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Hoffmann, R. A wiki for the life sciences where authorship matters. Nature Genetics (2008)

Prediction of normal tissue radiosensitivity from polymorphisms in candidate genes.

BACKGROUND AND PURPOSE: Single nucleotide polymorphisms (SNPs) in genes related to the biological response to radiation injury may affect clinical normal tissue radiosensitivity. This study investigates whether seven selected SNPs in five candidate genes influence risk of subcutaneous fibrosis and telangiectasia after radiotherapy. PATIENTS AND METHODS: The 41 patients included in this study were given post-mastectomy radiotherapy in 1978-1982 and subsequently evaluated in detail with regard to several different normal tissue reactions. SNPs in TGFB1 (codons 10, 25 and position -509), SOD2 (codon 16), XRCC3 (codon 241), XRCC1 (codon 399) and APEX (codon 148) were analyzed by PCR and single nucleotide primer extension. Dose-response curves were established for subcutaneous fibrosis and telangiectasia in patients with different genotypes. Differences in radiosensitivity were quantified in terms of ED(50) values and enhancement ratios. RESULTS: For TGFB1, the Pro/Pro genotype in codon 10 and the T/T genotype in position -509 correlated positively with risk of subcutaneous fibrosis. The SOD 2 codon 16 Val/Ala genotype was associated with increased risk of subcutaneous fibrosis when compared to the Val/Val genotype. The Thr/Thr genotype in XRCC3 codon 241 correlated with increased risk of subcutaneous fibrosis as well as telangiectasia. The Arg/Arg genotype in XRCC1 codon 399 was associated with increased risk of radiation-induced subcutaneous fibrosis. For these polymorphisms, enhancement ratios between 1.09 and 1.25 were found. Combined analysis of multiple SNPs demonstrated that the risk of subcutaneous fibrosis correlated with the number of risk alleles in such a manner that patients with few risk alleles exhibited a remarkable degree of radioresistance. CONCLUSION: The present study established significant correlations between five SNPs and risk of radiation-induced normal tissue reactions. These findings support the assumption that clinical normal tissue radiosensitivity should be regarded as a phenomenon dependent on the combined effect of variation in several genes and indicate that models based on multiple genetic markers may have the potential to predict normal tissue responses after radiotherapy.[1]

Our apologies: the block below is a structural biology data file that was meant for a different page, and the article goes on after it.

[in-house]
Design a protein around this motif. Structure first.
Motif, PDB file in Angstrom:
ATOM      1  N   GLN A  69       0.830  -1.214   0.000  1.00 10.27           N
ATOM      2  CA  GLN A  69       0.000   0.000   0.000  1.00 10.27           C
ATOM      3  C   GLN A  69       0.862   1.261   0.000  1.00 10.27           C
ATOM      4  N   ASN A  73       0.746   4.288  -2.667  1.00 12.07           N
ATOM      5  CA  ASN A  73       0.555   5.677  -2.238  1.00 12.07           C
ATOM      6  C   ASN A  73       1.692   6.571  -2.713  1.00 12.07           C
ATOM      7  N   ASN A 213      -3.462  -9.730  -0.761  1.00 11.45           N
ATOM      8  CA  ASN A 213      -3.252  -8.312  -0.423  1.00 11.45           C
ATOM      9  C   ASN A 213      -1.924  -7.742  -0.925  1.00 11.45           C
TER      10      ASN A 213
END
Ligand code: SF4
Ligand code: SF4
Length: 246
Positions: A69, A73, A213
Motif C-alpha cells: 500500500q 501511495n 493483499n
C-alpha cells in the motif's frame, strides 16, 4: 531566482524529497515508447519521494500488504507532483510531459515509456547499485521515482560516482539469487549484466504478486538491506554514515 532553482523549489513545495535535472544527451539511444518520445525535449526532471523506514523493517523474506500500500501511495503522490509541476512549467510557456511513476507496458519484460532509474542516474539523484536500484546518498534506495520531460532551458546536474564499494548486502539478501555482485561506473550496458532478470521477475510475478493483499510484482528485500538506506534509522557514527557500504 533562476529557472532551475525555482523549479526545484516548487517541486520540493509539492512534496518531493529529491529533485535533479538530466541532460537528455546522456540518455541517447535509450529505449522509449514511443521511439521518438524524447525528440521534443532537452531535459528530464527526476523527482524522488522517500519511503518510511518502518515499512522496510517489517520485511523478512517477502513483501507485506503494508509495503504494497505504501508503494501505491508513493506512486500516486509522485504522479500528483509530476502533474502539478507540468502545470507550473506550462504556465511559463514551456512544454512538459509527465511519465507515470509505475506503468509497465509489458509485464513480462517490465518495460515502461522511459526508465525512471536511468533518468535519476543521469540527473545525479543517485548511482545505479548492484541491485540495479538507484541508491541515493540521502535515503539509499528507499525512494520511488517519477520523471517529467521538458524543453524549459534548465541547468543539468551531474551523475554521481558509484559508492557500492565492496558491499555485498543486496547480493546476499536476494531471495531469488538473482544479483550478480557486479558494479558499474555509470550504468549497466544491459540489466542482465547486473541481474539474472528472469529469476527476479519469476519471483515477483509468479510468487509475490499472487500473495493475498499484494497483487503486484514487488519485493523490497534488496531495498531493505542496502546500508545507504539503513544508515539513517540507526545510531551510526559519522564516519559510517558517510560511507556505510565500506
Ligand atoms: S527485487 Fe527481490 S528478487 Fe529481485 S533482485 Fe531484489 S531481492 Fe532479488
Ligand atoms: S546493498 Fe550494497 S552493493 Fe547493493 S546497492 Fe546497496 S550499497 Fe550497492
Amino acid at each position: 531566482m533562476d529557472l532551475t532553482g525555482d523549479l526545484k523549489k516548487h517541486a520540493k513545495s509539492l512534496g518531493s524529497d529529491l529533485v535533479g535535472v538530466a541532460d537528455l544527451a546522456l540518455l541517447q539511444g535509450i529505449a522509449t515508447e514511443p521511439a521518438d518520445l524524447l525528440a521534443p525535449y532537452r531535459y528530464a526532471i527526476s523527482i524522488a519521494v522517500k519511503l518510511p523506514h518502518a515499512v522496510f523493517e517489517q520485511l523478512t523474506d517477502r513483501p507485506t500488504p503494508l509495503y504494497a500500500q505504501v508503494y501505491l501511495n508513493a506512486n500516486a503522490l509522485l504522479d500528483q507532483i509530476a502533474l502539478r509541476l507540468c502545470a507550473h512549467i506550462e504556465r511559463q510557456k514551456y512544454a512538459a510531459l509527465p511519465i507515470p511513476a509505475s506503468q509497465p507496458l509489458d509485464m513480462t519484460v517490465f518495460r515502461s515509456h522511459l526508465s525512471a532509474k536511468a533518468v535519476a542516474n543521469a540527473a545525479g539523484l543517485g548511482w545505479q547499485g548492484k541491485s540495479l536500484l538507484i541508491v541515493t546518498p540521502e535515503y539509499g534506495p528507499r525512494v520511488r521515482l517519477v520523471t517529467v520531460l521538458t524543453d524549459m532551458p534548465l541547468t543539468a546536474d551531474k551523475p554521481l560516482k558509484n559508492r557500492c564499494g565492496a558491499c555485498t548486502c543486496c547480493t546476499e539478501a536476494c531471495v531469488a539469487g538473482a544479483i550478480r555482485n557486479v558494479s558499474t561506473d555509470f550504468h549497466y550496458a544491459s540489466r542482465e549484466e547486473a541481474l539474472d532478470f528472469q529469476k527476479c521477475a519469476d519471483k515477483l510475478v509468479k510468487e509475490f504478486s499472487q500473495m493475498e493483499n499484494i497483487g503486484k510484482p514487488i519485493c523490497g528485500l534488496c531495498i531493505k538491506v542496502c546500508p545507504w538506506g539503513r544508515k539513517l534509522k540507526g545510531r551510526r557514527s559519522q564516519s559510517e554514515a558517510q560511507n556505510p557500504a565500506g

1. Prediction of normal tissue radiosensitivity from polymorphisms in candidate genes. Andreassen, C.N., Alsner, J., Overgaard, M., Overgaard, J. Radiotherapy and oncology : journal of the European Society for Therapeutic Radiology and Oncology. (2003) [Pubmed]
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